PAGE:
Cooking on the fly -- adding a pinch of that, a smidge of this and a handful of whatnot -- doesn't work with baking and that's what you're doing with pancakes, using the heat of the griddle to bake the batter. Baking requires precise measurements because of the chemical reaction between the ingredients. For example, if the recipe calls for milk and baking powder or soda, using water instead of the milk won't work. The leavening ingredients, the baking powder or soda requires an acid to form the bubbles that makes the pancake fluffy. Milk has lactic acid, water has no acid. A simple trick for making pancakes is to measure the ingredients carefully and don't make substitutions.
It may seem like an amazing feat to turn a little flour, milk, eggs and baking powder into that breakfast treat called pancakes. Homemade pancakes, bathed in maple syrup and oozing butter, turn Sunday breakfast into a special family get-together. Learn a few tricks and you'll make perfect pancakes every time.
Know when to stop. The easiest trick for making pancakes is being lazy. Stir the batter until the ingredients are just blended, a few lumps are to be expected. If the batter is perfectly smooth, it's been overmixed. Be even lazier and take a rest between mixing the batter and making the pancakes. Put the batter aside for one hour to rest. The pancakes will be fluffier.
The trick to perfect pancakes is the temperature of the griddle. It should be hot enough that a drop of water bounces or skitters on the surface. If the drop sits there and boils, the temperature is too low. If the drop immediately evaporates, the temperature is too high. When using an electric griddle, don't always believe the temperature setting, test with a drop of water as well. Nonstick griddles make it easier to remove the pancake but don't add any flavor. Use a dollop of butter on the griddle and the edges will get a crisp edge and, of course, the butter flavor adds to the taste of the pancake.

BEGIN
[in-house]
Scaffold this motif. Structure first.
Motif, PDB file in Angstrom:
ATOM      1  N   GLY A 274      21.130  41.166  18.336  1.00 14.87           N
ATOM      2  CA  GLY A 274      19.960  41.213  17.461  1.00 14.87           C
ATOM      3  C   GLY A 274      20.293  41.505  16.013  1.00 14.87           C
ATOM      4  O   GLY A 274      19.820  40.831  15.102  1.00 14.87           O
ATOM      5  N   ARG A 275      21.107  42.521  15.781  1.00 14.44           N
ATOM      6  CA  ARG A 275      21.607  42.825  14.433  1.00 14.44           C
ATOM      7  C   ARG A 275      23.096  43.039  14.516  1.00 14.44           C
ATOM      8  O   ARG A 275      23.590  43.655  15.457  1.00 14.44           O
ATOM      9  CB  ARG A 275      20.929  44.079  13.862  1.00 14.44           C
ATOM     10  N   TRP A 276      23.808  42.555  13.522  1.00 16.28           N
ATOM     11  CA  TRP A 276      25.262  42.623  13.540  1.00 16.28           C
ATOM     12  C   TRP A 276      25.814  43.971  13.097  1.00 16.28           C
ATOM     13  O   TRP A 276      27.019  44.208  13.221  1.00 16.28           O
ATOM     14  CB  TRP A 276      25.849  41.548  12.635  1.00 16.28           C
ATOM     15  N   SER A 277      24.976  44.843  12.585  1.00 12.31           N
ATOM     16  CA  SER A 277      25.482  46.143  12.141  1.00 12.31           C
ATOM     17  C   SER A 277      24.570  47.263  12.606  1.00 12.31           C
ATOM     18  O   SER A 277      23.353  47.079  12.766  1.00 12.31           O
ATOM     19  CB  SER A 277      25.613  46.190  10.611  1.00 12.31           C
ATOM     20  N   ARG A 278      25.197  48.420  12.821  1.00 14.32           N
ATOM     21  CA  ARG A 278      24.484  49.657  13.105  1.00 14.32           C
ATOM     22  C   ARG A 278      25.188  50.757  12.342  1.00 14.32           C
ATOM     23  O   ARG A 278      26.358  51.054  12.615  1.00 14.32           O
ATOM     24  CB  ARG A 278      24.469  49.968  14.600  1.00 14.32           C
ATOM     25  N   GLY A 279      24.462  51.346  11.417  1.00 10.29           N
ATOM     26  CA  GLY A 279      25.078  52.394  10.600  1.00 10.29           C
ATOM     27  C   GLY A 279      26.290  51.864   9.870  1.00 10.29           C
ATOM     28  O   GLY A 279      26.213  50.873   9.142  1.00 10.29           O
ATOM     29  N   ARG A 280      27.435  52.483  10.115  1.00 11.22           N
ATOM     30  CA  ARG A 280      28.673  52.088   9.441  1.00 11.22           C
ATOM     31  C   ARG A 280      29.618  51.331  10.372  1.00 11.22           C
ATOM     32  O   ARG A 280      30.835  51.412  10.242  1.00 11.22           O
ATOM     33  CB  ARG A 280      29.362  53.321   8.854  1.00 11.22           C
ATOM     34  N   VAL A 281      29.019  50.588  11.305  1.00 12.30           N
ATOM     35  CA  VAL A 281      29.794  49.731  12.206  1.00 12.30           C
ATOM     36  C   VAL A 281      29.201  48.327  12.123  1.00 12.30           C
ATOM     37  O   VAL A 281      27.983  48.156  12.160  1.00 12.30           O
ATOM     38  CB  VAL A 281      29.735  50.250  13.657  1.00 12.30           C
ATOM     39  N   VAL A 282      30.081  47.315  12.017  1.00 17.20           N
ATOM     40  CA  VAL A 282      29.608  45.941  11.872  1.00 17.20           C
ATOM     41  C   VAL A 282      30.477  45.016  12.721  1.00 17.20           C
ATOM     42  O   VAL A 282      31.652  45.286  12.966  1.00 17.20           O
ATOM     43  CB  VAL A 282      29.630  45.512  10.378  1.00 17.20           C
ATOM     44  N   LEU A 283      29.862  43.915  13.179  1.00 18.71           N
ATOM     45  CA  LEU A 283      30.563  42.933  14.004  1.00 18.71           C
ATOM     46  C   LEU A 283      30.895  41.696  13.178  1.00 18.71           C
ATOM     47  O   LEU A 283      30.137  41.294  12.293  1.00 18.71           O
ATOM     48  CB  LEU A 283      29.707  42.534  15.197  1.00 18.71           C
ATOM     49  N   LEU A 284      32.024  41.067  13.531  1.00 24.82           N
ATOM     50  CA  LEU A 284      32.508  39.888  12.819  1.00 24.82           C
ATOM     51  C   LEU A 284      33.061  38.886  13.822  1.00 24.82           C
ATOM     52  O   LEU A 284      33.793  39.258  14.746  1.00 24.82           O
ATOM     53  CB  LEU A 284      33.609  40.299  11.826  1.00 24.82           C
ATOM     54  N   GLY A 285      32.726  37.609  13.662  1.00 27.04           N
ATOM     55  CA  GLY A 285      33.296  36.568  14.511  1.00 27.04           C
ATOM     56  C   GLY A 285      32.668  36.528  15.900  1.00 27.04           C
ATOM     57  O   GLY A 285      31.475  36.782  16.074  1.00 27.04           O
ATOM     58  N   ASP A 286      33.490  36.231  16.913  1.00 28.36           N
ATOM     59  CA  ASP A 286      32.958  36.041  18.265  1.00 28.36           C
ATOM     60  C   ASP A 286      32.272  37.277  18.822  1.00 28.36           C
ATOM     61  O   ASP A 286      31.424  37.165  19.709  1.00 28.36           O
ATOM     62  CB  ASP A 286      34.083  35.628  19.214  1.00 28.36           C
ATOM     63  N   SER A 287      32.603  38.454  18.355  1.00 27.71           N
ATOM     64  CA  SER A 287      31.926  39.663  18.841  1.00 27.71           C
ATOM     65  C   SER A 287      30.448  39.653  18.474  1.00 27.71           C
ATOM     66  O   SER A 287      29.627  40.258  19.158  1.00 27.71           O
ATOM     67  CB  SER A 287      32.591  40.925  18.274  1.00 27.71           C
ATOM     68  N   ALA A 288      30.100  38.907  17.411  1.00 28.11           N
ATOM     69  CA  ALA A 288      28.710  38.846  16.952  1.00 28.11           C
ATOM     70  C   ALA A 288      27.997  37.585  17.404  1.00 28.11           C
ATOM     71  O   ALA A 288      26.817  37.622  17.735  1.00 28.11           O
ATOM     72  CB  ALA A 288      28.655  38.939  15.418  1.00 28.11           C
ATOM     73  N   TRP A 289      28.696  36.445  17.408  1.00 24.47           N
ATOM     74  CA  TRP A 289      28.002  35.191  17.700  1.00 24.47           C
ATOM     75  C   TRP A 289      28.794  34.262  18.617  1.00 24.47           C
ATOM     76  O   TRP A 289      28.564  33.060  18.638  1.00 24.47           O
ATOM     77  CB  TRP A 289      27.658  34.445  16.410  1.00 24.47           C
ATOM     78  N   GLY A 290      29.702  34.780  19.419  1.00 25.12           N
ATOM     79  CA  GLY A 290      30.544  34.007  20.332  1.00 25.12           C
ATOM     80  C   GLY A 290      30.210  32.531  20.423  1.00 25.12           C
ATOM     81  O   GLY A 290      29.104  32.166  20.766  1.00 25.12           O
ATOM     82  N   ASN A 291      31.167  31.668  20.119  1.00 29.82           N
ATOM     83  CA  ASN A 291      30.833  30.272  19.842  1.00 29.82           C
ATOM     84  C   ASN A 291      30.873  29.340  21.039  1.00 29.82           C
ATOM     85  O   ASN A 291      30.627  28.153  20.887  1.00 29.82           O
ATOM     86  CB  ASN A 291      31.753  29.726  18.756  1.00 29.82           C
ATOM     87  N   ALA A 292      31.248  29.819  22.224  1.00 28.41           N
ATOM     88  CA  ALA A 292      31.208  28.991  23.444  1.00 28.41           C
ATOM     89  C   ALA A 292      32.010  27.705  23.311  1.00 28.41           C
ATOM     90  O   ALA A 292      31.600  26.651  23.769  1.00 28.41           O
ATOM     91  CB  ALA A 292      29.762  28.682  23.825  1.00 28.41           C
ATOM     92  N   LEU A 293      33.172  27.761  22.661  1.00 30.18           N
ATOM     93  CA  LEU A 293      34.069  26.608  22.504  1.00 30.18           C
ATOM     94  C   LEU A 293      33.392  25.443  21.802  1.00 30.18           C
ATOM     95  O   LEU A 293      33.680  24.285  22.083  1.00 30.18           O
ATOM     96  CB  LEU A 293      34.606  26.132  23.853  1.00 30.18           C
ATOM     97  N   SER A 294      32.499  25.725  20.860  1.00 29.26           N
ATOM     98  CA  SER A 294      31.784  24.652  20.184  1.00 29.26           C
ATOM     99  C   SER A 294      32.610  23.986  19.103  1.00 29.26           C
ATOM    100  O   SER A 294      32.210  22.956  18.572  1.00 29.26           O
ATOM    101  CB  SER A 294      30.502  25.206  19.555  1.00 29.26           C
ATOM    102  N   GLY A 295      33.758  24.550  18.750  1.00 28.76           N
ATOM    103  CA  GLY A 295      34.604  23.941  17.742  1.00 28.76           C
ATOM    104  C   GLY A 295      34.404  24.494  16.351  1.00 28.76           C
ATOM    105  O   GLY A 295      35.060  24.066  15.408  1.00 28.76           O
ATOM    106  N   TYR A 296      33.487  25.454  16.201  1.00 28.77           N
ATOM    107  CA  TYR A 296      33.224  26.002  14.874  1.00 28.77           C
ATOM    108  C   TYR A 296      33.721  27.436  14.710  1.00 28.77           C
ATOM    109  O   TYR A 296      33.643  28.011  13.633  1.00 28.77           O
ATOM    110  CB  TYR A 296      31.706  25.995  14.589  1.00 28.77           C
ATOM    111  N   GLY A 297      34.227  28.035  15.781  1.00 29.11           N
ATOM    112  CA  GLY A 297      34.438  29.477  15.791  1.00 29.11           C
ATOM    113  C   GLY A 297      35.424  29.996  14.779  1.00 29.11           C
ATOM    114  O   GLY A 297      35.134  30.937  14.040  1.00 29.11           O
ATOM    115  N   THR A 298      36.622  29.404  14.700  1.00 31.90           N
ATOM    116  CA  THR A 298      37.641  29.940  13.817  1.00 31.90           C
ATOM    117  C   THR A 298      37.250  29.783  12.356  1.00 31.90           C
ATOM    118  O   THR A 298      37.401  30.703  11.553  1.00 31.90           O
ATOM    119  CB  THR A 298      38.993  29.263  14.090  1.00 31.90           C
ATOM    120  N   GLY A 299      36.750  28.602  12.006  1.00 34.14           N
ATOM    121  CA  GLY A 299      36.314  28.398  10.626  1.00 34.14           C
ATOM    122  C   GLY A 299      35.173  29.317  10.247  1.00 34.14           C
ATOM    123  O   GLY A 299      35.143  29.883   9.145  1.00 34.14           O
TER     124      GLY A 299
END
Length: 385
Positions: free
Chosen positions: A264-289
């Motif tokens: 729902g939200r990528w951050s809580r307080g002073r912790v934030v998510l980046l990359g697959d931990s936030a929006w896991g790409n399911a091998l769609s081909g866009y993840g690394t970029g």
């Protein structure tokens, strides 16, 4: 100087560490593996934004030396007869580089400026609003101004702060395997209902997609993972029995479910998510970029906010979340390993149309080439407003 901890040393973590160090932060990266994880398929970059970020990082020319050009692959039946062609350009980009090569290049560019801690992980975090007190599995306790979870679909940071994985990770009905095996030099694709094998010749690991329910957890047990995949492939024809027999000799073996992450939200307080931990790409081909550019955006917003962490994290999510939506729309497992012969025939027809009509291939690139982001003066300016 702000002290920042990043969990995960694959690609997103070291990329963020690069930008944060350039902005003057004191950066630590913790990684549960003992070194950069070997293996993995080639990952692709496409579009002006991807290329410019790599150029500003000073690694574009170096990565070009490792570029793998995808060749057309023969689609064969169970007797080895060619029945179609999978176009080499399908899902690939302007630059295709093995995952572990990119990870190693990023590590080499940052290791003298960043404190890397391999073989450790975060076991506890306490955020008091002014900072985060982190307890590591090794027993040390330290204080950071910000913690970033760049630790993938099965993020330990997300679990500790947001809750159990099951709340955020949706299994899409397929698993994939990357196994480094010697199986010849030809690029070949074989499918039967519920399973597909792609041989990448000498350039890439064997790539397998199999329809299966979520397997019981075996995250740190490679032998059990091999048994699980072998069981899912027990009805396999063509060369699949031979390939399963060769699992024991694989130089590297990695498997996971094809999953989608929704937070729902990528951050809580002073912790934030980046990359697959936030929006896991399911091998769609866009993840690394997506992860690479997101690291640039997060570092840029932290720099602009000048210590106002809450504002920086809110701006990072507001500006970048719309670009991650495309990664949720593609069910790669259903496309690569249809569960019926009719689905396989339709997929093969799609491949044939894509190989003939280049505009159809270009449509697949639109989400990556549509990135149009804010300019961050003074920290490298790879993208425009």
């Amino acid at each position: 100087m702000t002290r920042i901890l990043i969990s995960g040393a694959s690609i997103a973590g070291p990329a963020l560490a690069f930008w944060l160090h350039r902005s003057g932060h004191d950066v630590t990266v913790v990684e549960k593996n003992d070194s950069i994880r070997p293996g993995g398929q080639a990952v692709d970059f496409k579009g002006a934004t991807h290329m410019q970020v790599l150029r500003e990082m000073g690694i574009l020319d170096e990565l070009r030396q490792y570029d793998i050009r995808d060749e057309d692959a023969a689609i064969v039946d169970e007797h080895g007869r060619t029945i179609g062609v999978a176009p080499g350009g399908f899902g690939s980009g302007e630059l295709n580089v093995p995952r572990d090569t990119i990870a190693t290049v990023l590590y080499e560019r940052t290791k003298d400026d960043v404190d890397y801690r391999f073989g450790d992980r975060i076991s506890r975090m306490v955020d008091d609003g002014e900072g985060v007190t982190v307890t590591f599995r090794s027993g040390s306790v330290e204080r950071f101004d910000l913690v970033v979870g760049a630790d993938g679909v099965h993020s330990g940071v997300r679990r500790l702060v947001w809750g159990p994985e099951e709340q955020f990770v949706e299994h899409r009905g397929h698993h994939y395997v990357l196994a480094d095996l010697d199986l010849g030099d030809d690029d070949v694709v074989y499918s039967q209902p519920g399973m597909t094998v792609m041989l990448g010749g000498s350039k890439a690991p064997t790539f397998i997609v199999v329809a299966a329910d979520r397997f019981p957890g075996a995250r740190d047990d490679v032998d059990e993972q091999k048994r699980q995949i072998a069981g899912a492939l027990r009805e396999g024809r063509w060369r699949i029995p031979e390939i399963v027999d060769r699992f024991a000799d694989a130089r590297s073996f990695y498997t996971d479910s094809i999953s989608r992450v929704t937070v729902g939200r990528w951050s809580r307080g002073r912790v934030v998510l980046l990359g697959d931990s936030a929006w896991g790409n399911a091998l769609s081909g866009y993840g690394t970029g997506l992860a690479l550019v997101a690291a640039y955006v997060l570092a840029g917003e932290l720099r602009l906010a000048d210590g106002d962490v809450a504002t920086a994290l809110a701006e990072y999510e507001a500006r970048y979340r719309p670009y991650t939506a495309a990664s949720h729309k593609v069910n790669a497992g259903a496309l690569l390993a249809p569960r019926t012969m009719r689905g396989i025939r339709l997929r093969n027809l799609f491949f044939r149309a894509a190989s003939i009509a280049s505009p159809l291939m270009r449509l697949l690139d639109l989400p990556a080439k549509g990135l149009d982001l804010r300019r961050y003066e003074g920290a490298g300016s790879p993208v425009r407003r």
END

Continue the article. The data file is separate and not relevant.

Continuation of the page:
Instead of serving pancakes with sausage, ham or bacon, incorporate the meat into the pancake. Cook and then crumble or chop the meat. The smoky sweetness of bacon is enhanced by maple syrup. If you don't want to add meat, try fruits. When using frozen fruits, bring them to room temperature and drain before adding to the batter. Try a combination of fruits and nuts. For example, transform plain pancakes into Hawaiian-style by adding shredded coconut, drained crushed pineapple and macadamia nuts to the batter.
- "The Joy of Cooking"; Irma S. Rombauer; 1972
- "The Art of Cooking Preparing and Presenting Fine Food"; Arnold Zabert; 1984
- Photo Credit Jupiterimages/Polka Dot/Getty Images
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